The James M. Cox Foundation announces $250,000 grant to Lafayette General Foundation

Cian Robinson, Al Patin, St. Martin Superintendent of Dr. Lottie Beebe, and Julie Dronet. Photo provided by Alex Labat of Lafayette General Health System.

The James M. Cox Foundation has provided a $250,000 grant to Lafayette General Foundation that will be used to further expand telemedicine in St. Martin Parish public schools. Through Project Health, Education and Technology (HEAT), a partnership between Lafayette General Health, St. Martin Parish Schools and Cox Communications, as many as 8,000 students in the parish will have access to healthcare by harnessing the technologies of telecommunications, high-definition cameras and viewing monitors, enterprise health records and cloud-based software.

Telemedicine visits cover non-emergency needs, such as sinus infections, cold and flu symptoms, cough, rash, etc., as well as ongoing chronic condition management, such as diabetes and asthma. As leaders in the fields of healthcare, education and technology, the local partners understand the impact access to healthcare has on overall health and educational outcomes for children, and are committed to serving those populations.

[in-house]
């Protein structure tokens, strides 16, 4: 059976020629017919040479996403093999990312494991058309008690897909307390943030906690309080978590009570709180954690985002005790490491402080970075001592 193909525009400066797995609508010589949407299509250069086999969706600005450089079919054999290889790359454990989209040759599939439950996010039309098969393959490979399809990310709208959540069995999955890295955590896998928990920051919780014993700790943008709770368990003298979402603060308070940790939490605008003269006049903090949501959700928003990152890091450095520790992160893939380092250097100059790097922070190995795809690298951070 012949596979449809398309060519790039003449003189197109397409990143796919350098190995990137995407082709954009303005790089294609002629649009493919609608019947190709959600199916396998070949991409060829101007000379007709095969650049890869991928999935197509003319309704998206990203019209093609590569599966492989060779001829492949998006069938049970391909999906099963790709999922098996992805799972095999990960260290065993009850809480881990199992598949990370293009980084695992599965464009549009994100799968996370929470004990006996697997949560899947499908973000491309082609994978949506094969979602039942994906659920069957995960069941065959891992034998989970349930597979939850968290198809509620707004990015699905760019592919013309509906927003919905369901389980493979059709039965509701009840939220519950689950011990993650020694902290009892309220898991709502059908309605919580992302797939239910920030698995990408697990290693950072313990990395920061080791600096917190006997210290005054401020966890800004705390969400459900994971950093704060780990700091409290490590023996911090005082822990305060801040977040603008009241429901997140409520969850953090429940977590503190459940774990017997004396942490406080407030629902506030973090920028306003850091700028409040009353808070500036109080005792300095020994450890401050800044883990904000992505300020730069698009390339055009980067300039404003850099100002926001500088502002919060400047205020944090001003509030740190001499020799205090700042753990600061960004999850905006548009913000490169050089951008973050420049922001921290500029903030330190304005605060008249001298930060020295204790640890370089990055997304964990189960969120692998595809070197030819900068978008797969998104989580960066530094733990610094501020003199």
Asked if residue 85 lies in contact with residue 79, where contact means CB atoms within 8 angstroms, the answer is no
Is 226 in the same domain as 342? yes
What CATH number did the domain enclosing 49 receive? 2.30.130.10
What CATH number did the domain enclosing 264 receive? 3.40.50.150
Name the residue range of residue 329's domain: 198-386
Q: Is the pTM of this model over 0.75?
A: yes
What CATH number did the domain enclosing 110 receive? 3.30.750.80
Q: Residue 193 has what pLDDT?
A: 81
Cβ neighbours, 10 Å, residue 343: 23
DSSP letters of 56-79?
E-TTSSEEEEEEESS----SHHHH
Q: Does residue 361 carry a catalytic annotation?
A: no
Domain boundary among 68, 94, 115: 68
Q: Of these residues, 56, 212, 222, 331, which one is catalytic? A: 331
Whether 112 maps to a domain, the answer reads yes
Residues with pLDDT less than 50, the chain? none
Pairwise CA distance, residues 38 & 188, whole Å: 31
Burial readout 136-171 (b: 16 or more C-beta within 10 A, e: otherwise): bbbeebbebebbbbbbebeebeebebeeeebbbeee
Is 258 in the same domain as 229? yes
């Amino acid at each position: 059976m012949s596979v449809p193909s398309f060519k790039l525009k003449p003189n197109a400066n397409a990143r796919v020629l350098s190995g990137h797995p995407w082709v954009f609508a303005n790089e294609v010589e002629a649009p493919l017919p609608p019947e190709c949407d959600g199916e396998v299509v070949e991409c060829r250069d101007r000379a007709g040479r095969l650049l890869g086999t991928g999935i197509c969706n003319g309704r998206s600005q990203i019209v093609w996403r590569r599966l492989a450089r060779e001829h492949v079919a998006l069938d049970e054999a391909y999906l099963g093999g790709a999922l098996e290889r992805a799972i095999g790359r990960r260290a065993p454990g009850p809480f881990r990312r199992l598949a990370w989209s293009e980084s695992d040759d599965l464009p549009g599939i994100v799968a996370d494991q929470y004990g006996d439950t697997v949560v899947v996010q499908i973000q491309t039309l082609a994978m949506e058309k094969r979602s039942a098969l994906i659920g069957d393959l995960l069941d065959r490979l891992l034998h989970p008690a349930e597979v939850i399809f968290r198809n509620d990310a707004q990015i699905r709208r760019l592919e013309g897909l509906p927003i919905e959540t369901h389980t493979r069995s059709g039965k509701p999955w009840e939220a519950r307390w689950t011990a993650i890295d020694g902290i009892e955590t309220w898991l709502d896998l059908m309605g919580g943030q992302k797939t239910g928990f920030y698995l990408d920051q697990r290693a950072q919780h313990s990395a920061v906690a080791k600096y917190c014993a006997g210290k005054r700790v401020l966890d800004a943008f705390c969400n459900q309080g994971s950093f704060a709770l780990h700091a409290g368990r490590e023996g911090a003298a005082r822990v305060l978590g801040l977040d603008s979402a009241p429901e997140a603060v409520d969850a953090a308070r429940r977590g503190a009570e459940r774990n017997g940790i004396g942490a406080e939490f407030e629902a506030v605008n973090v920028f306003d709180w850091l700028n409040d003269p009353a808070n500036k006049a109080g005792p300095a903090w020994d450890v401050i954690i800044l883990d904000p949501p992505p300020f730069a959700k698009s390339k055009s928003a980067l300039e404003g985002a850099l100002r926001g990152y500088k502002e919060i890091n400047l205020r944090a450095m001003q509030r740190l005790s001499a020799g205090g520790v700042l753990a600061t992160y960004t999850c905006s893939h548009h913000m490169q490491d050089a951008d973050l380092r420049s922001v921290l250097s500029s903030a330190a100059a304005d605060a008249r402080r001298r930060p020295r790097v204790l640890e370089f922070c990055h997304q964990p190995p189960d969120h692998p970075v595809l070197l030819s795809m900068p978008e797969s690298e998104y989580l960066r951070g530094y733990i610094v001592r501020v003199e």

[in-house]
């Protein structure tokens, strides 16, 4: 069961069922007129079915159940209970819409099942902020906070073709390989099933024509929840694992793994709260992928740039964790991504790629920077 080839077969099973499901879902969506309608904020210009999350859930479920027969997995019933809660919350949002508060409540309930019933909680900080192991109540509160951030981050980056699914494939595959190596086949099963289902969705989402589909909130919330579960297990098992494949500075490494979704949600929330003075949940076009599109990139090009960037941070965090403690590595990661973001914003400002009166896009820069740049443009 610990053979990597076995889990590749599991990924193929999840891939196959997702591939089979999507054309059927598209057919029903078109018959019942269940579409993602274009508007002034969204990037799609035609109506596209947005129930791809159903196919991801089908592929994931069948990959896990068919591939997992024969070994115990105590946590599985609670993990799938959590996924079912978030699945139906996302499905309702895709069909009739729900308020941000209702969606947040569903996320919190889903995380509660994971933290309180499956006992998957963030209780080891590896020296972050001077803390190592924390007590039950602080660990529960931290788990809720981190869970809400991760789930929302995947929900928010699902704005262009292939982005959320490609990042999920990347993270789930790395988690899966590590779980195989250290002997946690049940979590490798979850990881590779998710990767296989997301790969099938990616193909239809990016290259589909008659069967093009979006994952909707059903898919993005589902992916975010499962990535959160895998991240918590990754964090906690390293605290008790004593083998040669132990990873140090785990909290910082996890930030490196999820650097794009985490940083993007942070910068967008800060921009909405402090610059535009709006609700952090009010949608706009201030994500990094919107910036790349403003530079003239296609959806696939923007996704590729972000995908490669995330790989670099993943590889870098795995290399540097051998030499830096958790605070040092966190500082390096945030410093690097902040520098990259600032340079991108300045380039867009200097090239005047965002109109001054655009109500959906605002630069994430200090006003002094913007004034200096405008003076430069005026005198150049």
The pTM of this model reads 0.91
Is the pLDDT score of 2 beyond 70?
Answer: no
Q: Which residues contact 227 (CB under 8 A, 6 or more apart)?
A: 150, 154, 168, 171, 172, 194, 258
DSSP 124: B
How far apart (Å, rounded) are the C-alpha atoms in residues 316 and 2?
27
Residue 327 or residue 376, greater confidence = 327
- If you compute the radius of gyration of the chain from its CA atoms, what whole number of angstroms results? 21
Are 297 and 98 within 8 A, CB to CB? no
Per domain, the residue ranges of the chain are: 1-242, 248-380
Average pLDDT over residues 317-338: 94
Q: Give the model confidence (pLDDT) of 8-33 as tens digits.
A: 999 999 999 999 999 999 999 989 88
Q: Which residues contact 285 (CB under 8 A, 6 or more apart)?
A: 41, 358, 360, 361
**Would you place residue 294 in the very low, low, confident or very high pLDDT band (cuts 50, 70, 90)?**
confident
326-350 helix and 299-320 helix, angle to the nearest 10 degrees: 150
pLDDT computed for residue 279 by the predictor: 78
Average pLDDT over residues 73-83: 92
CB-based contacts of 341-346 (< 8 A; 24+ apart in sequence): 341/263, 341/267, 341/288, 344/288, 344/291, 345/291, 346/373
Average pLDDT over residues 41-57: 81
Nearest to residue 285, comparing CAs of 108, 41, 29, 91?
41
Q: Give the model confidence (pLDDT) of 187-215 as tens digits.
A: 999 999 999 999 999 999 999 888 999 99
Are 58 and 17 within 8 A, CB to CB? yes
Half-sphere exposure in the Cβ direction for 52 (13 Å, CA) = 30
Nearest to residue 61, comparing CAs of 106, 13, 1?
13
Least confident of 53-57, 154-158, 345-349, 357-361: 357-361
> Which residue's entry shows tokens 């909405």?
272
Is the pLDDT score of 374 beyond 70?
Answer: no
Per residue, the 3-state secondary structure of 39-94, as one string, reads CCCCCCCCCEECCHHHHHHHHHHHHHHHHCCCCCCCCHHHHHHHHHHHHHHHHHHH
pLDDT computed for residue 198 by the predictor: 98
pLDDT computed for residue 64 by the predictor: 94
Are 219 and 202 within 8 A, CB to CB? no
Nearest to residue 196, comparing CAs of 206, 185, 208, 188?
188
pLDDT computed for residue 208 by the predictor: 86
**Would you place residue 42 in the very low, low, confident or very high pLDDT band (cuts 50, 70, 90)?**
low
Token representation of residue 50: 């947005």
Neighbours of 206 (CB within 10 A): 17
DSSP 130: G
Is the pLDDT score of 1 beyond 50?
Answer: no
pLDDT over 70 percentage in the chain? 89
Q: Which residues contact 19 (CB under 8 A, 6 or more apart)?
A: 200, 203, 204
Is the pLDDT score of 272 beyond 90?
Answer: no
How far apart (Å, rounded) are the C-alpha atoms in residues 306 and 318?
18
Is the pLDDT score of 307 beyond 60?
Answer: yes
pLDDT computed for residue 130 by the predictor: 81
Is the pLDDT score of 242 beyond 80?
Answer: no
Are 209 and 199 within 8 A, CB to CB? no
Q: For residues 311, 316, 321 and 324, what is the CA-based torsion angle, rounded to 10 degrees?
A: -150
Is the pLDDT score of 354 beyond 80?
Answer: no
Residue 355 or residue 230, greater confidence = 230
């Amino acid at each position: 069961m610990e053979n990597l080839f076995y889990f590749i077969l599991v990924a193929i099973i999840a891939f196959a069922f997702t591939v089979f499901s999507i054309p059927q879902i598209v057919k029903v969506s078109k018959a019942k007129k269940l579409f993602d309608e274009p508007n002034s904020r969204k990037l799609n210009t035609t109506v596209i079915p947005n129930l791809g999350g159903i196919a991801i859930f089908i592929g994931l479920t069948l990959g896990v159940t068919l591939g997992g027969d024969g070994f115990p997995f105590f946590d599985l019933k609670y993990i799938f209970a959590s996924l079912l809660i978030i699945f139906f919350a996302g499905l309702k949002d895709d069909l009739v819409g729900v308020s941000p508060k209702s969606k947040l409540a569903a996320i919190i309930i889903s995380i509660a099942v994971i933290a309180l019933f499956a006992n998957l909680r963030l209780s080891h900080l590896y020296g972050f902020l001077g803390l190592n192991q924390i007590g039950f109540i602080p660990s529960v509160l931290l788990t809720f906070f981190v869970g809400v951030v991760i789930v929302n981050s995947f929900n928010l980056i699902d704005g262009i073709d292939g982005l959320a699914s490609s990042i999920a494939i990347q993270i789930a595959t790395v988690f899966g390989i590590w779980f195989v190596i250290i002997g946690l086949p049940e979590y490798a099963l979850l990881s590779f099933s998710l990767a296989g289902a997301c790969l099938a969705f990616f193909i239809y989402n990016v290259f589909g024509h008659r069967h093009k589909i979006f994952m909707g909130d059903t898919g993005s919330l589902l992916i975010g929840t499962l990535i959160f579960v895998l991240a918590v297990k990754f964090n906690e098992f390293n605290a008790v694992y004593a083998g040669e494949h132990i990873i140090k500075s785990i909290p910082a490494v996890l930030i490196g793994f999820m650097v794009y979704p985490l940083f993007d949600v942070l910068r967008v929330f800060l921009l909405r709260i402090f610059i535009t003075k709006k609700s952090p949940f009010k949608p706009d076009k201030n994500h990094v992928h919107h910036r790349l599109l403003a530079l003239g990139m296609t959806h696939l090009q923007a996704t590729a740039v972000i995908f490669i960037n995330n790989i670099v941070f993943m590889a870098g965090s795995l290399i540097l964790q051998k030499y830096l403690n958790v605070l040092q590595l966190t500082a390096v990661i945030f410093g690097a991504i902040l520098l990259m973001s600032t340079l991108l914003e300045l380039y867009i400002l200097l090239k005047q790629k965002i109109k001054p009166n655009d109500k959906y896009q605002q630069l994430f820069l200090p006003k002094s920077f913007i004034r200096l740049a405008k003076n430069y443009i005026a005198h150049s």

“The power of technology, significant investments in our robust fiber network and funds generously donated by the James M. Cox Foundation have enabled the expansion of telemedicine, which is an innovative solution to limited access to healthcare. We know that children who are healthy are more ready to learn. Through telemedicine, students receive virtual medical attention, allowing them to stay in school,” said Julie Dronet, Vice President for Cox in Acadiana. “Parents also benefit because it enables them to stay at work, boosting their earnings and productivity, and decreasing their time out of the office. By increasing access to healthcare, the lives of children and their families are improved,” Dronet continued.

The infrastructure to pilot telemedicine between Stephensville Elementary, the most remote elementary school in lower St. Martin Parish, and a school-based health center at St. Martinville Primary was established in 2015. It has proved very successful; students had higher attendance and better academic performance. In its first year at Stephensville Elementary, 87 percent of students enrolled in the telemedicine program.

“Being a not-for-profit regional healthcare system means we strive to give everyone access to quality care,” said Cian Robinson, Executive Director of Lafayette General Foundation. “Enrollment in the program at Stephensville Elementary is now up to 94 percent. Connecting more St. Martin Parish schools will provide immense benefits to the students and their parents, and allow us to further our mission to restore, maintain and improve health.”

(Photo: Julie Dronet of Cox addresses crowd. Photo provided by Alex Labat of Lafayette General Health System.)